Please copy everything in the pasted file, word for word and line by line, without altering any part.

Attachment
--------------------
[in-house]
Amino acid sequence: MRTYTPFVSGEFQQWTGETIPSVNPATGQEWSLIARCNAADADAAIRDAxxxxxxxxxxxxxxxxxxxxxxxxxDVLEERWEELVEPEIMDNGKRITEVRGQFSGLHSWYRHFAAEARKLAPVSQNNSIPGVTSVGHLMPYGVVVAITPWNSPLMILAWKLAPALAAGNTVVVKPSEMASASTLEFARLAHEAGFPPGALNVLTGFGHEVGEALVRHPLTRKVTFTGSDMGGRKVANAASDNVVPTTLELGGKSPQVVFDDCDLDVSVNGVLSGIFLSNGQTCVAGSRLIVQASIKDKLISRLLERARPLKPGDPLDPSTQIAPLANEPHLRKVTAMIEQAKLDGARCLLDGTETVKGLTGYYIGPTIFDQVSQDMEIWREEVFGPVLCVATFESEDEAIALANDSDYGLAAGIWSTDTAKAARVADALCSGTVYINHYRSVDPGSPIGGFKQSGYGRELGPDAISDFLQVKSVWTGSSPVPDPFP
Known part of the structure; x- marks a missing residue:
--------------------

[in-house]
Amino acid sequence: MRTYTPFVSGEFQQWTGETIPSVNPATGQEWSLIARCNAADADAAIRDAxxxxxxxxxxxxxxxxxxxxxxxxxDVLEERWEELVEPEIMDNGKRITEVRGQFSGLHSWYRHFAAEARKLAPVSQNNSIPGVTSVGHLMPYGVVVAITPWNSPLMILAWKLAPALAAGNTVVVKPSEMASASTLEFARLAHEAGFPPGALNVLTGFGHEVGEALVRHPLTRKVTFTGSDMGGRKVANAASDNVVPTTLELGGKSPQVVFDDCDLDVSVNGVLSGIFLSNGQTCVAGSRLIVQASIKDKLISRLLERARPLKPGDPLDPSTQIAPLANEPHLRKVTAMIEQAKLDGARCLLDGTETVKGLTGYYIGPTIFDQVSQDMEIWREEVFGPVLCVATFESEDEAIALANDSDYGLAAGIWSTDTAKAARVADALCSGTVYINHYRSVDPGSPIGGFKQSGYGRELGPDAISDFLQVKSVWTGSSPVPDPFP
Known part of the structure; x- marks a missing residue: